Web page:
‘THINK on THESE THINGS’
By Joyce Sequichie Hifler
Autumn, described by John Keats as the season of mists and mellow fruitfulness, is the most restful of all seasons. We are sensitive to a change of seasons. And at this particular time we stop to consider what our harvest is, and then the age-old promise to ourselves that next year will be better, and more productive.
But now the peace and serenity of the season is upon us, and the Artist has painted for our eyes to see the most beautiful of all seasons – the autumn.
Scattered frost has touched everything just enough to give a mottled pattern of brown and green. Early morning mists, blue and gray, hang low in the hills; brilliant red sumac and maples gold and burgundy stand out like jewels among the yellow elms.
There is a whole new world for those who wish to open their spiritual eyes. We need to insist that worries take the back seat while we sniff the sweet scent of wood smoke, and see the lavender-pink sunsets and autumn haze that settles like soft, blue fingers through the valleys. This is a picture for the soul by the Master Artist.
Available online! ‘Cherokee Feast of Days’
By Joyce Sequichie Hifler.
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Elder’s Meditation of the Day
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St Agnes’ Eve
This is an evening for love divinations, even though the spurious St Agnes chose death rather than marry a pagan Roman officer. Most of the methods recommended for determining your future spouse are challenging.
According to the Encyclopedia of Superstitions, you should take a row of pins and pull out everyone while saying a pater noster. Stick one in your sleeve and you will dream of your future mate. I’m not sure if this works if you don’t know the Our Father in Latin. Perhaps it doesn’t matter as the words simply represent your effort to make the process sacred, in which case you can write your own charm along the lines of the following:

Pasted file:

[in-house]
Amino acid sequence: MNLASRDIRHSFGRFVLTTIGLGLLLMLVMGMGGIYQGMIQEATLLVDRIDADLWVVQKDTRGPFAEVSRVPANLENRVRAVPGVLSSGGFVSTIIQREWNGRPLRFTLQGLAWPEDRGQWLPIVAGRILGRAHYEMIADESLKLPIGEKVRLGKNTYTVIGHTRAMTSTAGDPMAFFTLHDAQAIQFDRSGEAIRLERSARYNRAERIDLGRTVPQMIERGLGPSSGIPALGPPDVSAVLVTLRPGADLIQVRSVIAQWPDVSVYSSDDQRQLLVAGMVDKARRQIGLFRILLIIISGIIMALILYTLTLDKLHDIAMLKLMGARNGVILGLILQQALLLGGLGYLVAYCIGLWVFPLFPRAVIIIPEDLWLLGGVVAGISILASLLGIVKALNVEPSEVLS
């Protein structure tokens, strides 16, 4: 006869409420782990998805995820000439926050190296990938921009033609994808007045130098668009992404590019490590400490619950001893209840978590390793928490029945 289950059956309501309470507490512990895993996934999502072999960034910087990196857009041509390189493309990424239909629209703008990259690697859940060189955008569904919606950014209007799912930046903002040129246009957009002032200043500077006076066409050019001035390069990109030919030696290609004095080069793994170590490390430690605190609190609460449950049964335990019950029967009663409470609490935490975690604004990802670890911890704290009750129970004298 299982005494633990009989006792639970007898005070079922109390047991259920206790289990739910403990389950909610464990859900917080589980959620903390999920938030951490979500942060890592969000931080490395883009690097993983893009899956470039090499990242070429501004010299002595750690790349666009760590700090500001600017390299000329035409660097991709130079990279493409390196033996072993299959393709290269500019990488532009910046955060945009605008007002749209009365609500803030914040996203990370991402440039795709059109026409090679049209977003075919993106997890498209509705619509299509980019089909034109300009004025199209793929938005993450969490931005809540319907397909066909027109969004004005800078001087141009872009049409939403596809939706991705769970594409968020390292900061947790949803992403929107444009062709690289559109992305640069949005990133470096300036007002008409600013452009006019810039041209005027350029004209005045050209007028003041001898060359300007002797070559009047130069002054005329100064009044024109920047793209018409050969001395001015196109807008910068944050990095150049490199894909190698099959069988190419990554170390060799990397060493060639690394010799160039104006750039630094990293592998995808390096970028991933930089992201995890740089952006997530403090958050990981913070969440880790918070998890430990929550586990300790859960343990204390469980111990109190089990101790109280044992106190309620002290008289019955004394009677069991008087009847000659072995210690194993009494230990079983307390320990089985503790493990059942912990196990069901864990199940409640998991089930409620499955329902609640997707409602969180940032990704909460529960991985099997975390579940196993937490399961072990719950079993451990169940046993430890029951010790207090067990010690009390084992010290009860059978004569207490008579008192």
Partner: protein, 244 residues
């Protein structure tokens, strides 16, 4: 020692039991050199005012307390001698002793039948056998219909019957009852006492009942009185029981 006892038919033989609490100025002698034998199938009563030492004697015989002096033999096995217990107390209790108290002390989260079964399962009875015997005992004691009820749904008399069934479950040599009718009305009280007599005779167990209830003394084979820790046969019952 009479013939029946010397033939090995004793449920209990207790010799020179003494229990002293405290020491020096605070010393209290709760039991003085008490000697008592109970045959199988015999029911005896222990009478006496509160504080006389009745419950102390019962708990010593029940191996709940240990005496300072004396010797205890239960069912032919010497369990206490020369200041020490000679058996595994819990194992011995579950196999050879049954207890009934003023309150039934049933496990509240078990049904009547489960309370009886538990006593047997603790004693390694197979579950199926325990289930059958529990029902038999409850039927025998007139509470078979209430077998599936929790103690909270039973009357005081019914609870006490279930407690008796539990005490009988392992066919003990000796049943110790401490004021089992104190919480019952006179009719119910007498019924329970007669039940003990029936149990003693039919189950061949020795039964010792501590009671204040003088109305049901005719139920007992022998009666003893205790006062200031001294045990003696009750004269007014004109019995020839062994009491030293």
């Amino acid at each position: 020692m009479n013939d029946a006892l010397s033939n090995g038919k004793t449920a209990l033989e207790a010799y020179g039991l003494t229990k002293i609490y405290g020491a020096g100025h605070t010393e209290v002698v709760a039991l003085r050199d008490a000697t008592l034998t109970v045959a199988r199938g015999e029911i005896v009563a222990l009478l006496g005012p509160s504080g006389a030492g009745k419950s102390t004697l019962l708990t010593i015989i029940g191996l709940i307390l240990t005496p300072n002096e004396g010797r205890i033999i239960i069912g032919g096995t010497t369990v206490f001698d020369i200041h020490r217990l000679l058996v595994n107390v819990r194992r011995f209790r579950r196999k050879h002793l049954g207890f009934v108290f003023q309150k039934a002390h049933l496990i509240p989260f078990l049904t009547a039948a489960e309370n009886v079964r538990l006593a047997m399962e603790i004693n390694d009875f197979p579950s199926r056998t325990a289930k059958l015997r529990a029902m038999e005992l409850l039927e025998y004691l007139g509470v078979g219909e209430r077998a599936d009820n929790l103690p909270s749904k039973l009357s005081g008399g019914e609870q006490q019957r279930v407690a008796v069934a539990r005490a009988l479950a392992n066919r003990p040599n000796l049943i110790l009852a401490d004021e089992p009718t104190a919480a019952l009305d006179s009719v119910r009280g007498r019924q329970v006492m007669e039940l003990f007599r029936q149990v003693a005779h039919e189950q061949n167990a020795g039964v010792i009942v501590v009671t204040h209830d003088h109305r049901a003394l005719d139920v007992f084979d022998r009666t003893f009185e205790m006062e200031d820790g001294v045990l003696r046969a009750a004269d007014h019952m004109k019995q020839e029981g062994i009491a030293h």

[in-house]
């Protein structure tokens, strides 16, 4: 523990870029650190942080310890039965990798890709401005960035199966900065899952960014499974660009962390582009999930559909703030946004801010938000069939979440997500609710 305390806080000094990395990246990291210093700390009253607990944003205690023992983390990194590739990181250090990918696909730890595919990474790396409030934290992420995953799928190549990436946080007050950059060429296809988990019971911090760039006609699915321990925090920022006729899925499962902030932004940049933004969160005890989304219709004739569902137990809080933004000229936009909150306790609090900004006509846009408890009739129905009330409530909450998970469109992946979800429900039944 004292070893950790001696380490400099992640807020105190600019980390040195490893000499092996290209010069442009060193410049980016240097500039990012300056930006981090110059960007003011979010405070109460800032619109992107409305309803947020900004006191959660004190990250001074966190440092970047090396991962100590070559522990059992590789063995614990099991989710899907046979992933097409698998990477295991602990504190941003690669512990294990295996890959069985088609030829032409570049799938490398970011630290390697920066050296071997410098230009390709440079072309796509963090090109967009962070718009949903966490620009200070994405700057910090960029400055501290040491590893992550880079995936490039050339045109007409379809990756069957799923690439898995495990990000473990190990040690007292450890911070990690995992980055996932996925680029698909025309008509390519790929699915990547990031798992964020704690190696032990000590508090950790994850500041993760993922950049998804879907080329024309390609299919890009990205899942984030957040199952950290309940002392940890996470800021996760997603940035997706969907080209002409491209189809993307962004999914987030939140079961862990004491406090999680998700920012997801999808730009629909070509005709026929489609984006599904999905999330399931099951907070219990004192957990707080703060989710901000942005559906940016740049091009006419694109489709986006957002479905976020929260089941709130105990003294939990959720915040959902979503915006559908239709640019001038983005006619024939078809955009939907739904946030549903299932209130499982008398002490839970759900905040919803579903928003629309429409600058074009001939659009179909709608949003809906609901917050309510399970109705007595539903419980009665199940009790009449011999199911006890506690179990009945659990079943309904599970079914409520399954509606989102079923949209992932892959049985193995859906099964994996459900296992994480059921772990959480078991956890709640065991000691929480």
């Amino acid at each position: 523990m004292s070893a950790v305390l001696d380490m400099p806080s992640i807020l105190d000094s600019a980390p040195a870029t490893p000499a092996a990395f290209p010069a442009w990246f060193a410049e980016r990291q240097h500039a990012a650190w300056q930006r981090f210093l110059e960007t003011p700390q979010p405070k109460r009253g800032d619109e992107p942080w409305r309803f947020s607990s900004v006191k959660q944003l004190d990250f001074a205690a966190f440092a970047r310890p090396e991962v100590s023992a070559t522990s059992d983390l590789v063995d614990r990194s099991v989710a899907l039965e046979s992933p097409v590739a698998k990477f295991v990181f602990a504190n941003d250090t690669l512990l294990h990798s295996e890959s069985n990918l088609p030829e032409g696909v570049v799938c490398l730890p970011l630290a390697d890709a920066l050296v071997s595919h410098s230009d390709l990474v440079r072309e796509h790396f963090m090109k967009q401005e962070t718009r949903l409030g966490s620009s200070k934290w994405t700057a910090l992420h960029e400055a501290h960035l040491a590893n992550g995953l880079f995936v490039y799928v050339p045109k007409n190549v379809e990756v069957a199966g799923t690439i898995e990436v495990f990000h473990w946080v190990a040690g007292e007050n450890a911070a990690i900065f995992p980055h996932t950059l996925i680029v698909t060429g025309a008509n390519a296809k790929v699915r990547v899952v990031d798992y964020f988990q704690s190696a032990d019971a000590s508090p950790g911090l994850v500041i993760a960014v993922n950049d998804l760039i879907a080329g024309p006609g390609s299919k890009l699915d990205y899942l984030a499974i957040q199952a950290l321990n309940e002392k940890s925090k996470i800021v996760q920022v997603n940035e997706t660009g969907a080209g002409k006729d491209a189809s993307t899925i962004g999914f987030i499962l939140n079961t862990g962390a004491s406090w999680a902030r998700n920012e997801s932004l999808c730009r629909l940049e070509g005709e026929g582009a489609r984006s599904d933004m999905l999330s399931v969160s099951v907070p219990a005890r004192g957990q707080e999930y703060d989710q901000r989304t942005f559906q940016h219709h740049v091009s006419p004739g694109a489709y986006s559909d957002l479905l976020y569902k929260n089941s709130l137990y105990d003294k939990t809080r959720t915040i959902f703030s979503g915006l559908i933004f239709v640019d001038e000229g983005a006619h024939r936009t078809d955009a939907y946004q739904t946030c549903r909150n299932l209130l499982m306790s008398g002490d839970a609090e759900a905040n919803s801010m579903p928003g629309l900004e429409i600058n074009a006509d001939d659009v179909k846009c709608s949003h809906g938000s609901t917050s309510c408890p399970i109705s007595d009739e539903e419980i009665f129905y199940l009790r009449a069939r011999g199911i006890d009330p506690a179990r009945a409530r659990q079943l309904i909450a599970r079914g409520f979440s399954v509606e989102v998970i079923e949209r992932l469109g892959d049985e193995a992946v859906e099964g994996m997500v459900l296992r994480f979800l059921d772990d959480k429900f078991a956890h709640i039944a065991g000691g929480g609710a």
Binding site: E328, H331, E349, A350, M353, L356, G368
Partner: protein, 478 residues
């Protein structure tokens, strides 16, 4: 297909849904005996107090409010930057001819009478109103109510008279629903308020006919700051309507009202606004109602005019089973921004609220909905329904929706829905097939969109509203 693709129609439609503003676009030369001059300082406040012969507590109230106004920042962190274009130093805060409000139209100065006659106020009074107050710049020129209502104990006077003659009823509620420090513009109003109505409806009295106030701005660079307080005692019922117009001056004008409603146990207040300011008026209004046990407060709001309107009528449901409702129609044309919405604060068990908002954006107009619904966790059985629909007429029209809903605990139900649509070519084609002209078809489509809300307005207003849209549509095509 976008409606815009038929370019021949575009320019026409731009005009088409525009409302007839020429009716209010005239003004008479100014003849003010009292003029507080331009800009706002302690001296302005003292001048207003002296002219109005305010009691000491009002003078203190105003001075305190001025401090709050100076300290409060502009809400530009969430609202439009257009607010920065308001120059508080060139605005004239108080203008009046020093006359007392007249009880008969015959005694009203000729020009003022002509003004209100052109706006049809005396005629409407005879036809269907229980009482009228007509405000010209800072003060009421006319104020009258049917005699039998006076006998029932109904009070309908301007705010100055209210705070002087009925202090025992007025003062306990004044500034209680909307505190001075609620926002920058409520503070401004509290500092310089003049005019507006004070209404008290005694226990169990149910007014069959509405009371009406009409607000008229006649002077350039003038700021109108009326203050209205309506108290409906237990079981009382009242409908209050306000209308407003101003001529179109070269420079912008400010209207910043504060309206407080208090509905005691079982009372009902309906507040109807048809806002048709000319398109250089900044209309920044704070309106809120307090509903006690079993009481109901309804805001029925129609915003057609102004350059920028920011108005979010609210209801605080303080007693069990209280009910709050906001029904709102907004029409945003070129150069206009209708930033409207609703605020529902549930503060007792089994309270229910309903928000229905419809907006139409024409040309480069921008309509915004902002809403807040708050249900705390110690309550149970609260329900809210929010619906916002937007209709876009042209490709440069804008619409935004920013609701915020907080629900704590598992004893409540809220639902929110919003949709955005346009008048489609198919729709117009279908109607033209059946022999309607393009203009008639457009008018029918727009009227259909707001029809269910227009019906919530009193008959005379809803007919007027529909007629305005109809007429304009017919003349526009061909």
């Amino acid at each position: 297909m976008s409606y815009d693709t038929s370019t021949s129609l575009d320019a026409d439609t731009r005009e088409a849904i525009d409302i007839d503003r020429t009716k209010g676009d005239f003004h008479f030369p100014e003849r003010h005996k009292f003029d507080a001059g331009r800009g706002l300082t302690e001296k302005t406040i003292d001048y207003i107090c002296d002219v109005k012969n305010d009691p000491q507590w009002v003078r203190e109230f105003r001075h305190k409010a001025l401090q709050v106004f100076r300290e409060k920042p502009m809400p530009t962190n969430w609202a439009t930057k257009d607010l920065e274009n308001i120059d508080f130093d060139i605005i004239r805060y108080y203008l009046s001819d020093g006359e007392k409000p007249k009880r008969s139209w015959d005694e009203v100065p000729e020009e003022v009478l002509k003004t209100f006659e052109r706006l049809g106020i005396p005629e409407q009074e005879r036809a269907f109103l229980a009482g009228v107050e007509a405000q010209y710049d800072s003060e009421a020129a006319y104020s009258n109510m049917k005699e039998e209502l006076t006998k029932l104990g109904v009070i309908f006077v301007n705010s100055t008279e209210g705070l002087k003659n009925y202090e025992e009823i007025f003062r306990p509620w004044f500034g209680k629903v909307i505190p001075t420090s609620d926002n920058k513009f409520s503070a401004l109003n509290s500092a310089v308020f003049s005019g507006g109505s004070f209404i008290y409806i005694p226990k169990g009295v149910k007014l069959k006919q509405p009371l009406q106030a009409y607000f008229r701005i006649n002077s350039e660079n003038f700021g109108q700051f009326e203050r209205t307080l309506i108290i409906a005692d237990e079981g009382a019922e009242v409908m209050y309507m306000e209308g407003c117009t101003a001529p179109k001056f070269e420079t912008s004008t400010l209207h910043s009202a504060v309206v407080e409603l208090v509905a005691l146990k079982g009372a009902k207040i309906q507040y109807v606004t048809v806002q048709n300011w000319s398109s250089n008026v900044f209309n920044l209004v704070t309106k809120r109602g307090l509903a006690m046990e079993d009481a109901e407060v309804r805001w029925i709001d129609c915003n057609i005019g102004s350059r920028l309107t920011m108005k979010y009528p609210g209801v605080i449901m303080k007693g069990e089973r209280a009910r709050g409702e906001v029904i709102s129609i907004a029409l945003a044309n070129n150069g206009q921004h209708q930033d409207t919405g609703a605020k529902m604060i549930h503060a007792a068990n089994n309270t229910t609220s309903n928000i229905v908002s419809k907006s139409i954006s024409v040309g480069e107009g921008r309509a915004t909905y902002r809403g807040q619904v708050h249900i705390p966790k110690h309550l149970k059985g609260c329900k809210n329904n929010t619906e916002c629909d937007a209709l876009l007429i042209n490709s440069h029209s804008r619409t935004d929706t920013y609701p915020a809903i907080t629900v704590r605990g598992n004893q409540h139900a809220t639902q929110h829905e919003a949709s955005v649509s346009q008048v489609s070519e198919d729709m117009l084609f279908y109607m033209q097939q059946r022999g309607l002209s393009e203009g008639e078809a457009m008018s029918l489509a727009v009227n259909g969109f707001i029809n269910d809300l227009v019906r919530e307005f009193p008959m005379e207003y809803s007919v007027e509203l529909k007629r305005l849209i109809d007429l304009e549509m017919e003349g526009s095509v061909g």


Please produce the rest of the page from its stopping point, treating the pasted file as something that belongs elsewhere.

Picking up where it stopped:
Fair St Agnes, play thy part
And send to me my own sweetheart
Not in his best or worst array
But in the clothes he wears each day
That tomorrow I may him ken
From among all other men.
To dream of your future mate, you must fast during the day and keep silent. No one, not even a child, should kiss you. At bedtime you must don your best and cleanest night dress.
One method requires the making, in silence, of a dumb cake of salt and water, supplied in equal proportions by friends who help you make it in silence. You then divide it equally and each takes her piece, walks backwards to bed, eats the cake and jumps in bed.
In Northumberland, the girl is told to boil an egg, extract the yolk, fill the hole with salt, eat the egg shell and all, then recite the above lines of entreaty to St. Agnes. This will insure a significant dream which cannot be revealed to anyone.
Aristotle’s Last Legacy (written in 1711) provides another, even more unpleasant, method for provoking an oracular dream of your lover. All you need to do is sprinkle a sprig of rosemary and a sprig of thyme with urine three times, then put each sprig into one of your shoes and put your shoes by your bed and say:
St Agnes, that’s to Lovers kind
Come ease the Troubles of my Mind.
If these seem too difficult or inedible, you can always try the simple charm of peeling an apple in one long strip and throwing it over your left shoulder to see what initial it will make or simply paying careful attention to your dreams.
For a special treat, find a copy of John Keats’ poem The Eve of St. Agnes and read it aloud.